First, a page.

The Green/Pink Dress Challenge—Food Edition

Remember a few years ago the weird dress challenge on Facebook where people saw either a green or a pink dress?  For us here at served®, the food version of that goes to the heart of our product performance claims.  I like my coffee to cool off a bit before I drink it, but my husband always drinks his coffee out of an insulated mug with the lid on it to keep his coffee to a temperature I find unpalatable. 

There are basic cooking and storage temperatures that are designed to fend off foodborne pathogens.  That’s why you cook poultry to an internal temperature of 165 degrees and refrigerators keep food to 41 degrees or below.  We at served® always want you to be mindful of those guidelines.  When in doubt, throw it out. 

Beyond that, though, when we’re trying to come up with the magic number for how long our Bowls will keep hot food hot or cold food cold, we get into the green/pink conundrum.  I found all sorts of foodie blogs making assertions about the ideal temperature at which to eat different foods.  According to, most people like hot coffee to be at or above 155 degrees.  According to, science says that soup is best between 136 and 162 degrees…?!?!  When I reheated my lunch in the microwave the other day, I found that it tasted really great to me at 98 degrees.  We all know people who find ice water too cold for their teeth, and others who can’t stand room temperature beverages.  What’s green to me is pink to you, and what is hot to me is lukewarm to you.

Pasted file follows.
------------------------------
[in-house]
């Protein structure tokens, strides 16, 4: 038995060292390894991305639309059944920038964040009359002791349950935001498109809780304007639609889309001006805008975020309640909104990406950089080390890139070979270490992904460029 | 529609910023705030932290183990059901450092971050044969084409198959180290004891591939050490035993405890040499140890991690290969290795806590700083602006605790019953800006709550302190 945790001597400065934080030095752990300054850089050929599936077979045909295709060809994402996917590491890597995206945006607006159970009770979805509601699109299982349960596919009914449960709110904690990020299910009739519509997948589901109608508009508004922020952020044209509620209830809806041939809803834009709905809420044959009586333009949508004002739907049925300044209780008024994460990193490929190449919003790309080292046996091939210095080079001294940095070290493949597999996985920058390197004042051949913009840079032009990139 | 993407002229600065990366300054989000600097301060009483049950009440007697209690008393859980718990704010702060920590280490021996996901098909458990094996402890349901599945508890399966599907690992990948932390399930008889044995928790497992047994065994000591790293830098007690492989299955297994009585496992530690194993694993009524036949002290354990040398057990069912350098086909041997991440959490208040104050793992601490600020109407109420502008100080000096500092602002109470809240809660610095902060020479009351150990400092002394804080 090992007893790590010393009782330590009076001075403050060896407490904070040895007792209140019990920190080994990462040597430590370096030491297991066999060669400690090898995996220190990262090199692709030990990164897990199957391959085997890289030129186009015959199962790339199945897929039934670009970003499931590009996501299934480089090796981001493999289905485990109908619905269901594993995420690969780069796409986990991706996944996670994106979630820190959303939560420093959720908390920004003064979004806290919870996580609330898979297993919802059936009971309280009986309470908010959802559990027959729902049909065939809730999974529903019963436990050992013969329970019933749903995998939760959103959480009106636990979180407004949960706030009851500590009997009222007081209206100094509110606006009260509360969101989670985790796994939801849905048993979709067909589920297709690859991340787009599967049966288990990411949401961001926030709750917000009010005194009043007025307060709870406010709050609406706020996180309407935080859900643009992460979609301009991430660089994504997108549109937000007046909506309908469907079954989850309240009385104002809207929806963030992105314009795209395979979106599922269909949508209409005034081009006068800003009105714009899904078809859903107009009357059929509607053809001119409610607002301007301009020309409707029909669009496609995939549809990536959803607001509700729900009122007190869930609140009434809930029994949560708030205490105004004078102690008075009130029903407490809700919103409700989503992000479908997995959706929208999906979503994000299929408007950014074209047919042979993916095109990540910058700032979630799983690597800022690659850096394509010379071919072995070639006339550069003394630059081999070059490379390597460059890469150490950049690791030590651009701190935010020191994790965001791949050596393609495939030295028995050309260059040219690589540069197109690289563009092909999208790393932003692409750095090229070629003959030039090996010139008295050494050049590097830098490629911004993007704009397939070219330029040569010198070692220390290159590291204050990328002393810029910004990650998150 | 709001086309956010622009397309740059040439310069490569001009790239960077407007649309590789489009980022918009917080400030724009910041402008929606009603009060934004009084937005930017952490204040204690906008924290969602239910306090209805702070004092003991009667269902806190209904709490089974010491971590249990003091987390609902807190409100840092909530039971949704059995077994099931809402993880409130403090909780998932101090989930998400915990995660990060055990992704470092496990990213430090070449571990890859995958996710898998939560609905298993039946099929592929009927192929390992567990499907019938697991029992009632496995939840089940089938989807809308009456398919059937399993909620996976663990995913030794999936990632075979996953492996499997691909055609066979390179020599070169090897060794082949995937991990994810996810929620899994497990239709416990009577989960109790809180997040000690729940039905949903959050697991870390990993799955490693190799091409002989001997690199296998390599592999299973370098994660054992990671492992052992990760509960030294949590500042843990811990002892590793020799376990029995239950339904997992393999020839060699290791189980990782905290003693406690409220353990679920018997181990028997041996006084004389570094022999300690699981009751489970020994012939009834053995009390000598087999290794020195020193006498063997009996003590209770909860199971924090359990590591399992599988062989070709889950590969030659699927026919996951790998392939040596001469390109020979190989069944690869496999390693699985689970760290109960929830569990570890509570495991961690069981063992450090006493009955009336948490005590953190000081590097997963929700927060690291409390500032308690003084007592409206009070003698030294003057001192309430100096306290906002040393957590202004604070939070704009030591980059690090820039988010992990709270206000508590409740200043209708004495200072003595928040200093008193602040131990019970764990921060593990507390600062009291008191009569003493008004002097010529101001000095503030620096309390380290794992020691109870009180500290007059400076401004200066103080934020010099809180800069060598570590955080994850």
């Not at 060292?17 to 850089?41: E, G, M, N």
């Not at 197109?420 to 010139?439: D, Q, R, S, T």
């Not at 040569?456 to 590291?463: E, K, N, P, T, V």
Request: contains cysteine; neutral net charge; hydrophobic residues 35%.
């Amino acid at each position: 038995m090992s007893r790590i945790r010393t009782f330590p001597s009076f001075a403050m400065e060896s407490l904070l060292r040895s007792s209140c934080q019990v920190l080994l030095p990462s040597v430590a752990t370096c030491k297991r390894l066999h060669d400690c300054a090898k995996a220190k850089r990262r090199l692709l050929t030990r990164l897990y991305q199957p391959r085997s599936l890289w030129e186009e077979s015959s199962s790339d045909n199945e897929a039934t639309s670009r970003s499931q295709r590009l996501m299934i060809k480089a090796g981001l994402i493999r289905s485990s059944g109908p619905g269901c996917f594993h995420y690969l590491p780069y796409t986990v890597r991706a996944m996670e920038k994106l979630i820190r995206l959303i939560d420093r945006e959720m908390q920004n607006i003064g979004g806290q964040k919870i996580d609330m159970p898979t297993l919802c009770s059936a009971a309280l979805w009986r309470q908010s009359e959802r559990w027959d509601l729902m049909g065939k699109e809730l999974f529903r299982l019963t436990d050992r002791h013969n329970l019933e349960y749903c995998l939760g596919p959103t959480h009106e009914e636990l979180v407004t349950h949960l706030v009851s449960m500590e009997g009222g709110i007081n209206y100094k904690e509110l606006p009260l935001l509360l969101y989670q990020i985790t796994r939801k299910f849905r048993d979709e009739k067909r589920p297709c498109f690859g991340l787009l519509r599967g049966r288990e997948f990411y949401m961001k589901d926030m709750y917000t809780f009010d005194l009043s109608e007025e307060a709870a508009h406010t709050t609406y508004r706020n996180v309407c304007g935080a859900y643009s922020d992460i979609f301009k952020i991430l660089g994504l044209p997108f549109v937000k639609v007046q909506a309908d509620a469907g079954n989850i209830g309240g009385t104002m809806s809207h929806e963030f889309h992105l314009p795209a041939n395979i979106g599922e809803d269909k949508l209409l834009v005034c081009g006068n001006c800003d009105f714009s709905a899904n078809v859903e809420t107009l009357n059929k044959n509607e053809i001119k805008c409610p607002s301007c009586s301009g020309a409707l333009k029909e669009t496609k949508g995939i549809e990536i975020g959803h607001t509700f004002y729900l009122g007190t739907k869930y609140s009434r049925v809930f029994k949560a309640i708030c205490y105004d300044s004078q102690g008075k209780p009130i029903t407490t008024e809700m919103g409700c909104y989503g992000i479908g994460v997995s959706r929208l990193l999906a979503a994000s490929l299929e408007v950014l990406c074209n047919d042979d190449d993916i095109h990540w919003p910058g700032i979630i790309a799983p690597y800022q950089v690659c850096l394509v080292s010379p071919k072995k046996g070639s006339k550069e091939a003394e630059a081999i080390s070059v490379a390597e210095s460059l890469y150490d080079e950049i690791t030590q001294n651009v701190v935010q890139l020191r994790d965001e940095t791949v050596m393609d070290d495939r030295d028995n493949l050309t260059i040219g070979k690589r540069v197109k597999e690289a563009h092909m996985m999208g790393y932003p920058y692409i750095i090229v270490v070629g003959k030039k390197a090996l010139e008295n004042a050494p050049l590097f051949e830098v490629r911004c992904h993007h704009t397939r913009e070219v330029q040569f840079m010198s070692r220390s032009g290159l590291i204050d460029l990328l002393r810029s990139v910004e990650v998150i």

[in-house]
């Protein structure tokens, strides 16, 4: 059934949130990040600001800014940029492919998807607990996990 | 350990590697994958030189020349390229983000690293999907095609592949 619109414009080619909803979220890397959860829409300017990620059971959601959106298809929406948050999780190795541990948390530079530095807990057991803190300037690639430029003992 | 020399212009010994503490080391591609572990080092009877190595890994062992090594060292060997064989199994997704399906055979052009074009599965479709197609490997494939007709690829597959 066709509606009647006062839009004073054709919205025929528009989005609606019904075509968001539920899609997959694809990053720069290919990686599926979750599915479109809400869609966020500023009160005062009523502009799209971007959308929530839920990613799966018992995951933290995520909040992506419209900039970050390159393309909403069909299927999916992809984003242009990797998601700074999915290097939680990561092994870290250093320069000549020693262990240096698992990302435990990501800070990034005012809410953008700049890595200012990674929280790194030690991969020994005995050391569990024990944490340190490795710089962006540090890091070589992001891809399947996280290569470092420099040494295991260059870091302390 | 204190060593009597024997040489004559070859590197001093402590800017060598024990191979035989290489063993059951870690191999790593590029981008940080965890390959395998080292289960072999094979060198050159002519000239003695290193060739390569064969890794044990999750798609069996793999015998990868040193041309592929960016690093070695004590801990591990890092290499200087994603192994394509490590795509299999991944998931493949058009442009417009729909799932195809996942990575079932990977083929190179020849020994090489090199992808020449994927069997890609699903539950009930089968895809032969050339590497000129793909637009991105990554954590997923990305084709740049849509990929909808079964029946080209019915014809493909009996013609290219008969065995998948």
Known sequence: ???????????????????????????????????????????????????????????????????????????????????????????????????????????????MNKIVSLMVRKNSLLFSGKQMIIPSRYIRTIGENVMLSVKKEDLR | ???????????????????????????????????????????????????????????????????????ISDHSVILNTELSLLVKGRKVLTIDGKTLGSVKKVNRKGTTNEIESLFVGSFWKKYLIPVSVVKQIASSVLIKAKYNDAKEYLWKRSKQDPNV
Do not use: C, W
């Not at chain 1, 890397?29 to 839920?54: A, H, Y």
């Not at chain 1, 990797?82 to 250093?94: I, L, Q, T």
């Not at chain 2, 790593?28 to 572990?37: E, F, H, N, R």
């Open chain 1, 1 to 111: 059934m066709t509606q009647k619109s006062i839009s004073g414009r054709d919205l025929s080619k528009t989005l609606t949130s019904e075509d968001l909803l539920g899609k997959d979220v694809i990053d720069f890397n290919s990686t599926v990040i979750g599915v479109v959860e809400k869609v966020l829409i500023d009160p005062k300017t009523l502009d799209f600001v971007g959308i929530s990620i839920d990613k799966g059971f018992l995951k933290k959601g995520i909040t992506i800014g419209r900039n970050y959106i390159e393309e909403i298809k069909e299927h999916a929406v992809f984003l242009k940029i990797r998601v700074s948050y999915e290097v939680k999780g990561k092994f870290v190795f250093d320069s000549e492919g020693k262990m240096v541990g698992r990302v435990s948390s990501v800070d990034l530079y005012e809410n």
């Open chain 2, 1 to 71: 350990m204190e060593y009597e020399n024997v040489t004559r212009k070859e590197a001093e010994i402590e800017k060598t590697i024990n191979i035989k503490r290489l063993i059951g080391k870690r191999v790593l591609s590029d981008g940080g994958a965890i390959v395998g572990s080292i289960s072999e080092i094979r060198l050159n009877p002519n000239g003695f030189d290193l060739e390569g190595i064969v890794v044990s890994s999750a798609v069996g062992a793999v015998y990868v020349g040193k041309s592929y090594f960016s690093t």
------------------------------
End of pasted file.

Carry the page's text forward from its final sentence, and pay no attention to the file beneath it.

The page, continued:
Further complicating this, the actual temperature retention of our products depends heavily on the food and air around the food, which is going to vary from person-to-person and use-to-use.  For instance, if you put a small scoop of potato salad into a bowl that has been sitting on the counter, put the lid on, and then leave it out in the hot sun on the boat, you’re going to have a very different result than if you fill the bowl nearly to capacity with cold gazpacho soup, put it uncovered in the fridge to chill the remaining space, and then seal it and keep it in the shade at the picnic.  The next blog installment will get into the wacky world of thermodynamics to help explain some of this—and why it is difficult for us to make “bowl-d” claims about served®’s product performance.

Written by Bryn Wilson

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